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County Offices

Carson City Programs

People of the Land

Historically, American Indian agricultural producers and natural resource managers have not actively participated in programs sponsored by the U.S. Department of Agriculture — even though tribal leaders have indicated the need to strengthen agriculture on Indian lands. Meanwhile, federal professionals have described the difficulty they have reaching American Indian agriculture producers and natural resource managers on reservations. The situation is sometimes referred to as the "Indian situation." The goal of this program is to train agricultural professionals to better understand Indian culture and make them more effective in helping American Indian producers strengthen sustainable agriculture and natural resource management on the reservations.

Issue:

Although almost every reservation works with agriculture and natural resource professionals, including Cooperative Extension, the U.S. Department of Agriculture, Natural Resource Conservation Service and the Bureau of Land Management, most programs are not specifically designed for American Indians. What’s more, focus group research conducted at the 2003 Nevada Indian Agriculture Summit found that agriculture professionals perceive that there are major obstacles to the adoption of sustainable agriculture and natural resource management practices on Indian reservations. University of Nevada Cooperative Extension subsequently identified a knowledge gap whereby agriculture professionals need to improve their understanding and appreciation of individual tribal histories and cultures in order to work more effectively with American Indians individuals and reservation governments.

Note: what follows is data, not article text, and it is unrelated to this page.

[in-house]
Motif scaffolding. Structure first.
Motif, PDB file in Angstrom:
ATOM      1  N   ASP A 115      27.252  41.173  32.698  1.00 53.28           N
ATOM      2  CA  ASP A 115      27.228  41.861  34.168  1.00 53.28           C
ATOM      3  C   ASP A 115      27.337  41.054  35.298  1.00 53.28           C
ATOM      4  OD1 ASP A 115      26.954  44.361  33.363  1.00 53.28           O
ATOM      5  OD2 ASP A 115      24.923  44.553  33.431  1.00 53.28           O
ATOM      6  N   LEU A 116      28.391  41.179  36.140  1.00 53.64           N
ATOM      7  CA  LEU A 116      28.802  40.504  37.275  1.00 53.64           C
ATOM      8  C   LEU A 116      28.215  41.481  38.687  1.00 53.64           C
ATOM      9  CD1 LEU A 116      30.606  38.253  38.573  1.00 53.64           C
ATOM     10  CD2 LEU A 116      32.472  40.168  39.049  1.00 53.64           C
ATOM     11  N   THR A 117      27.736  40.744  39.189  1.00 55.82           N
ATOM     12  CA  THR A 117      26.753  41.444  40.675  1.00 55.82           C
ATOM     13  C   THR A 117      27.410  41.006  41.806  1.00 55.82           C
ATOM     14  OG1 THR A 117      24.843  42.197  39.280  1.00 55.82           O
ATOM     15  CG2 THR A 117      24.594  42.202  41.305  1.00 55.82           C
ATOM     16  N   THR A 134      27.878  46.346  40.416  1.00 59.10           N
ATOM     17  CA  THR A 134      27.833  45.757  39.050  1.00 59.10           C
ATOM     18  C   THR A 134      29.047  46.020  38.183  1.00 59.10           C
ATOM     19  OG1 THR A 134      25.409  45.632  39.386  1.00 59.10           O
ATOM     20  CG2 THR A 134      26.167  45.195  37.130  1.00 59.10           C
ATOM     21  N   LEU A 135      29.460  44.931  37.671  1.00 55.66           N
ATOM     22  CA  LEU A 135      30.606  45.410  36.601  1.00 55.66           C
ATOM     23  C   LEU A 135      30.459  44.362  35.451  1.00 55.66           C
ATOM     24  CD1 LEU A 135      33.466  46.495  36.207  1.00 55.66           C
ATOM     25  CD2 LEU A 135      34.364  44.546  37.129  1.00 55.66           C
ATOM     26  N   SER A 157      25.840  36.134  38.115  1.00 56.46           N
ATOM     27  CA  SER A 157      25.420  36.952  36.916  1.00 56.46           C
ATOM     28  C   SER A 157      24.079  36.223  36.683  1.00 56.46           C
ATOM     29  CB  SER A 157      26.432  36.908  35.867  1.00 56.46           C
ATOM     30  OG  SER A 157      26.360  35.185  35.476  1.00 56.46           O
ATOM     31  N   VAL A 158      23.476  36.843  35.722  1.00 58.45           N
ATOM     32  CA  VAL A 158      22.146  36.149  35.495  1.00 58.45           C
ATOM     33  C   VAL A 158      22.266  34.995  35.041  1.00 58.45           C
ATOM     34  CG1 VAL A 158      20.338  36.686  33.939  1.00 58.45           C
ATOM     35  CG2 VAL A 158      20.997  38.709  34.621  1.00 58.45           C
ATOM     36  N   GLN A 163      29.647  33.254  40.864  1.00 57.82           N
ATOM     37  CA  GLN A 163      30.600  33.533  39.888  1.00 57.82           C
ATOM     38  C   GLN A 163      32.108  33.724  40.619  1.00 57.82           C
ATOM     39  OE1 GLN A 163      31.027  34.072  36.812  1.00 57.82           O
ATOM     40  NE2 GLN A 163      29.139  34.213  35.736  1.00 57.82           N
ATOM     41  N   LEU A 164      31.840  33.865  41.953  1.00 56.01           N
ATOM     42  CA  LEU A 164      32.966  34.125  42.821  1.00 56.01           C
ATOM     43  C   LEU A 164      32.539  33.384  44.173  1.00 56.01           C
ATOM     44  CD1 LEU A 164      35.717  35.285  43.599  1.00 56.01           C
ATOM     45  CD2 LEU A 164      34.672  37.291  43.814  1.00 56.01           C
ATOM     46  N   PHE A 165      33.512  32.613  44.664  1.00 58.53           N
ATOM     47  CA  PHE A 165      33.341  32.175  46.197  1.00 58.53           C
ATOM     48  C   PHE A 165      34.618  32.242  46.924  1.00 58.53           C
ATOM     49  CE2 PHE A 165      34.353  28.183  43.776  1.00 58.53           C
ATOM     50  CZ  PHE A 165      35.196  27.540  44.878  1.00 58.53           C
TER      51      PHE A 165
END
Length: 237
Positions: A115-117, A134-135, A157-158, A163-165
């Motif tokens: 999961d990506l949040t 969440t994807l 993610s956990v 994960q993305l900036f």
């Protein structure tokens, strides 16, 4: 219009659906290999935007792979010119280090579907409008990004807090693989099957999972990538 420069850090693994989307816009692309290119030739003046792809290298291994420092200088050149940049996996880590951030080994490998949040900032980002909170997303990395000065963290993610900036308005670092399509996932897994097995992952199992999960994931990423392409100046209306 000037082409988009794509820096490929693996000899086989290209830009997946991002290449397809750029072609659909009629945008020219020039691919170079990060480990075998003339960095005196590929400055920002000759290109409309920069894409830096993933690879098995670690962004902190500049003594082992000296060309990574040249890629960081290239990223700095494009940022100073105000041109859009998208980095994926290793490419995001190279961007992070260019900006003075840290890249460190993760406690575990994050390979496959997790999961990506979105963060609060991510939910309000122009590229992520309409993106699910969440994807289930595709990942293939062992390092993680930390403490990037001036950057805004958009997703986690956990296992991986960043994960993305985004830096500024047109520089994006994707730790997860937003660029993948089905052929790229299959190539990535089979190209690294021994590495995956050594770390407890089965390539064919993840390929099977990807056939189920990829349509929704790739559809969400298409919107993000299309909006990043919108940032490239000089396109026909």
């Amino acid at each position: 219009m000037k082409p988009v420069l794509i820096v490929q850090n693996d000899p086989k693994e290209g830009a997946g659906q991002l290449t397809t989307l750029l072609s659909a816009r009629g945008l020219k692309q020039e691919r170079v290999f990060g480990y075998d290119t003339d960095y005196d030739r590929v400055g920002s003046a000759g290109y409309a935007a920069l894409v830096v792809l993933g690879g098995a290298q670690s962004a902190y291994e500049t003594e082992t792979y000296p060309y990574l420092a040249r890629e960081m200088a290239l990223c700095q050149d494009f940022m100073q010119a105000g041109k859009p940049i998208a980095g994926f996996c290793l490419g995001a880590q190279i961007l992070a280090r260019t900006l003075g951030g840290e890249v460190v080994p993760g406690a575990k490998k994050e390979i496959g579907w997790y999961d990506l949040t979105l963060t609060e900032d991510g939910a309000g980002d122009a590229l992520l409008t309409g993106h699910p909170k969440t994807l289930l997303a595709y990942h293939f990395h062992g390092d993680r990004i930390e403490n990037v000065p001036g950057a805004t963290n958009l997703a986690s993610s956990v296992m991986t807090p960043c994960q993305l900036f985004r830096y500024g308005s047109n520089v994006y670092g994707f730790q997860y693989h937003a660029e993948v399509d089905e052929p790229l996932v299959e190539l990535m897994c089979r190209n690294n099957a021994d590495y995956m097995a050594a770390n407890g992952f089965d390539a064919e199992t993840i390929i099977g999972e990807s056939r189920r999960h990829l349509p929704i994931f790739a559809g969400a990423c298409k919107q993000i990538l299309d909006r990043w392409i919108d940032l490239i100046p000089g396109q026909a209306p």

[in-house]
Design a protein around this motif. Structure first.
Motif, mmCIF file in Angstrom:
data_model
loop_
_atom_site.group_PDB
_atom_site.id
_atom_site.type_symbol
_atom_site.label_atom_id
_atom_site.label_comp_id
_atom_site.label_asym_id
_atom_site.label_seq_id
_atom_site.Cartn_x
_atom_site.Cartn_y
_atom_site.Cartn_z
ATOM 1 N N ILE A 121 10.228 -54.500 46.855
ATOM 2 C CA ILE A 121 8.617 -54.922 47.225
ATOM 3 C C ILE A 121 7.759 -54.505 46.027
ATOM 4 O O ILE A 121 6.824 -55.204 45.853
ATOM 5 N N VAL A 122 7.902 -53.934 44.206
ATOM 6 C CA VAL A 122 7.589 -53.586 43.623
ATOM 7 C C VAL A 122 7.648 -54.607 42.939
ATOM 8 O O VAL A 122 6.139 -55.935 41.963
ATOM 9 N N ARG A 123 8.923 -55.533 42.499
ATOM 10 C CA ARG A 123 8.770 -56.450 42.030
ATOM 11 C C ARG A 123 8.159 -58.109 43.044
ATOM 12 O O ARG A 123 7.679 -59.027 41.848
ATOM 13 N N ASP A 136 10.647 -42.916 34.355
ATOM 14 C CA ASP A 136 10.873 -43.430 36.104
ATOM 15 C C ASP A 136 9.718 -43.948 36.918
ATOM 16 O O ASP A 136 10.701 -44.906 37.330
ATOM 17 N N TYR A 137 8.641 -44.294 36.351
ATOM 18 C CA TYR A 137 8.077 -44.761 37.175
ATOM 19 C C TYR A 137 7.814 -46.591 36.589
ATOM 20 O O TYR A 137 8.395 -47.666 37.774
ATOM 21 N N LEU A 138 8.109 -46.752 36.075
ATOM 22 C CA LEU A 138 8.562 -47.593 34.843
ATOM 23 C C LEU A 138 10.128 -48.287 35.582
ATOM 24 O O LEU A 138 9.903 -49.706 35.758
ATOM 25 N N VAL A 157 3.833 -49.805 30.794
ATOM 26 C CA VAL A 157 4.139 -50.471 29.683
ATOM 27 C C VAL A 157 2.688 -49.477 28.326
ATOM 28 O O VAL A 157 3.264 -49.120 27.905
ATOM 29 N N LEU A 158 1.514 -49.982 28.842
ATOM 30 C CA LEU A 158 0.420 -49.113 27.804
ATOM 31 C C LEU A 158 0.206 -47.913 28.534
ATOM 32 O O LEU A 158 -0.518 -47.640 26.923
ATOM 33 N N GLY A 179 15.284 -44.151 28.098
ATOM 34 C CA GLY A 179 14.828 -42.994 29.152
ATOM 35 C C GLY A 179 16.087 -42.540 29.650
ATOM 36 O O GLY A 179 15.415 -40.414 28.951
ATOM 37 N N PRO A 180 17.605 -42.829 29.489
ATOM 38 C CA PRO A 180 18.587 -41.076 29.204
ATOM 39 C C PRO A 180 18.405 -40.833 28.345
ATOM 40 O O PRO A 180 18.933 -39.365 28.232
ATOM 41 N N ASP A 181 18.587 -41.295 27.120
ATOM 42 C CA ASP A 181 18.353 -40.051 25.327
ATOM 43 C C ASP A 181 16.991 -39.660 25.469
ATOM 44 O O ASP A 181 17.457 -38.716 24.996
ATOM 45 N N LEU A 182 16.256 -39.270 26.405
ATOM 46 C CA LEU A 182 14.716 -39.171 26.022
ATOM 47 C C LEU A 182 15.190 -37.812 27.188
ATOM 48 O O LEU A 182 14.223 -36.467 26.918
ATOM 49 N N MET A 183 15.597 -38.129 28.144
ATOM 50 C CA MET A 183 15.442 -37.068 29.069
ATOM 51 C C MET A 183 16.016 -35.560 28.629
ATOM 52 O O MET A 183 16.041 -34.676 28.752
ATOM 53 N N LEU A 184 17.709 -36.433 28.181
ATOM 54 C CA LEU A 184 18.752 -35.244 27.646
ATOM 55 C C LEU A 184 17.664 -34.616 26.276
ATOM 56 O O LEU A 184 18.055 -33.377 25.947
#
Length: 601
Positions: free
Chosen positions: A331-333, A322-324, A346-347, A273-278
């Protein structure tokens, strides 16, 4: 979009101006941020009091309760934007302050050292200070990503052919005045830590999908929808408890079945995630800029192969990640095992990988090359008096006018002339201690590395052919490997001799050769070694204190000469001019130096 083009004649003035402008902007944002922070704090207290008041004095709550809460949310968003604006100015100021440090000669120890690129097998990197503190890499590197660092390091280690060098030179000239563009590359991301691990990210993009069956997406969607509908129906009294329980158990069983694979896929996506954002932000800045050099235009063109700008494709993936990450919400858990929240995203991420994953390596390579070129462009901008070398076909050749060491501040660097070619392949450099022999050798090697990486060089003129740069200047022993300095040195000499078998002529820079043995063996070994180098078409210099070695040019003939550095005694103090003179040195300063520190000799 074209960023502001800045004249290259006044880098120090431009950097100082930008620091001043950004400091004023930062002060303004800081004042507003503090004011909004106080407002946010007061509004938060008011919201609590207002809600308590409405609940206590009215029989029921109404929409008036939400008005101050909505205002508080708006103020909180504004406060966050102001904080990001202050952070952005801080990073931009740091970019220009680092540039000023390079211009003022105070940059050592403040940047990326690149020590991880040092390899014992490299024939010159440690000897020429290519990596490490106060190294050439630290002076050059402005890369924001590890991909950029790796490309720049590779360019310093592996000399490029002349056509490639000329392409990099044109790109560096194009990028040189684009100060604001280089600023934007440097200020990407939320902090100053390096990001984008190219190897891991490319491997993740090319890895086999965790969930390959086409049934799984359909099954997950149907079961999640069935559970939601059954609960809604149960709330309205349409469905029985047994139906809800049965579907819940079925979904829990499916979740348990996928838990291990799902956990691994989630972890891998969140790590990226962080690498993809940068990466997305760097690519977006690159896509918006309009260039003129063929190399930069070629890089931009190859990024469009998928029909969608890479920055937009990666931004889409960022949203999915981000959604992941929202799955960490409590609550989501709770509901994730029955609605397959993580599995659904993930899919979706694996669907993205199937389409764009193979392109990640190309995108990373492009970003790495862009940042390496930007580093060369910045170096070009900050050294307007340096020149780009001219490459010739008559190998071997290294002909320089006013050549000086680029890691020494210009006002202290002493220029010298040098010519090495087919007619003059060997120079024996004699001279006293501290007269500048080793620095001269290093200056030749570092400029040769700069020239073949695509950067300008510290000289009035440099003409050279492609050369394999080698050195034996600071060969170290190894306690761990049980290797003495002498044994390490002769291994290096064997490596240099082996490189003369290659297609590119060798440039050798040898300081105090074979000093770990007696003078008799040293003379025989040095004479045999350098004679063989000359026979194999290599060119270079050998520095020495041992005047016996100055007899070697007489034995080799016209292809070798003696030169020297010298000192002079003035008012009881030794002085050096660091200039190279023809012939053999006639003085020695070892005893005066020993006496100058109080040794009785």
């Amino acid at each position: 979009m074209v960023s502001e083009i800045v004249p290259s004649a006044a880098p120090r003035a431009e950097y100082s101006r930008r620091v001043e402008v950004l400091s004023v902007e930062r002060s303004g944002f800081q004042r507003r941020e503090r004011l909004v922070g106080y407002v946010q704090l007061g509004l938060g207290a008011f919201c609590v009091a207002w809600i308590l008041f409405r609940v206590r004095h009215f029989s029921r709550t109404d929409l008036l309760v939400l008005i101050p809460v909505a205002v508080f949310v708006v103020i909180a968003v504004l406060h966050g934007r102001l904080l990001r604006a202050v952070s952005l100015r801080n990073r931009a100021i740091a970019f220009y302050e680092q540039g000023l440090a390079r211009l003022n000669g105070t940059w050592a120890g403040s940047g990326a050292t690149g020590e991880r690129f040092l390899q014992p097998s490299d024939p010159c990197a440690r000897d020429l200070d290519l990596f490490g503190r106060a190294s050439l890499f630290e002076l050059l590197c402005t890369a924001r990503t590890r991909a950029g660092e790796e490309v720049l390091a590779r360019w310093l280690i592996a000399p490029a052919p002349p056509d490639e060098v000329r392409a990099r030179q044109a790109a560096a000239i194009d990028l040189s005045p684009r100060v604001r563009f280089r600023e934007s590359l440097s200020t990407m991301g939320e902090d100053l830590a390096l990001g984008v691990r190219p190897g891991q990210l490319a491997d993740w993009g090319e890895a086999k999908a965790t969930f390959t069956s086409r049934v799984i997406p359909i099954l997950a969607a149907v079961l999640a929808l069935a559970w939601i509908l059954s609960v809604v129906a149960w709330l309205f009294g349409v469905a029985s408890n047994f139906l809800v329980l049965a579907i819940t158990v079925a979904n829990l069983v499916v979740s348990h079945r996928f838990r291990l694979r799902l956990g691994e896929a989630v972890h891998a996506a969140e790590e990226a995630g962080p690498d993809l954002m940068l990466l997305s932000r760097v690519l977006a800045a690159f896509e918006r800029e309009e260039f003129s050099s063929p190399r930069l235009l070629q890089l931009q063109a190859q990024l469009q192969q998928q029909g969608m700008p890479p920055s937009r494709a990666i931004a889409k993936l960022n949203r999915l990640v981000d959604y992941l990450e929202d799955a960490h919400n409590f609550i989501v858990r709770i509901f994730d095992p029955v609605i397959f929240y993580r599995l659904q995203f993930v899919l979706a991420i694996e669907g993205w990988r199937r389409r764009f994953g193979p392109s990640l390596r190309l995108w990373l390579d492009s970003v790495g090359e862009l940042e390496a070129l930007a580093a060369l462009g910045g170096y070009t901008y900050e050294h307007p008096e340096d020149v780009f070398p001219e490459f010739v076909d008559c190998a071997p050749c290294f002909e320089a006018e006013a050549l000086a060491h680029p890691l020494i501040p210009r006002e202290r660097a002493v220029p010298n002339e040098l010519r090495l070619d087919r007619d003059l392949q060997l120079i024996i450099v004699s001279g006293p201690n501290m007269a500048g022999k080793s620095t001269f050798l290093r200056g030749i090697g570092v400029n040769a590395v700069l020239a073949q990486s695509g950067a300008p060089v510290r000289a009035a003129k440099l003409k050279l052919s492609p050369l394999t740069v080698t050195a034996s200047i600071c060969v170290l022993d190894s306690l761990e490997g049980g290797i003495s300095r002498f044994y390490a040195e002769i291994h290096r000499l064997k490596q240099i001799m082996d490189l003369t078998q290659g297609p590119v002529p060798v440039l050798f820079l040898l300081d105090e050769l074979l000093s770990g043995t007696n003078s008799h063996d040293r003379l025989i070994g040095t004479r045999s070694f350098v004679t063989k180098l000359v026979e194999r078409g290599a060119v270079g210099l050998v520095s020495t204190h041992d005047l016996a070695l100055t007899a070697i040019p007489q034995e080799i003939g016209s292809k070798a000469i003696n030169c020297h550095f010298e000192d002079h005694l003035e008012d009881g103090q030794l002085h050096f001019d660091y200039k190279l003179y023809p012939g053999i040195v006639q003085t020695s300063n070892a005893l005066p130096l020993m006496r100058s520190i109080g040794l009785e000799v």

What Has Been Done:

In 2008 UNCE faculty completed a three-year Quality of Life assessment of American Indians and agency officials working on reservations in a four-state region of the western United States. This area — including Idaho, Nevada, Oregon and Washington — is known as the Western Range. Based in part on their findings, in 2009 the faculty completed a self-paced, eight-chapter curriculum which provides a thorough examination of the cultural, historical, social, political and economic attributes on selected Indian reservations within the Western Range and addresses the educational needs of agriculture professionals working with American Indian agriculture producers in that region. Faculty taught the curriculum throughout the region and nationally, and follow-up testing showed that agency professionals working in agriculture and natural resource management on Indian reservations came away with increased knowledge of American Indian culture; federal Indian policy over the years; the Doctrine of Discovery and Manifest Destiny; the issues of land tenure, checkerboard and fractionated lands on American Indian reservations; Indian agriculture irrigation projects; the Trust Doctrine; and many related issues.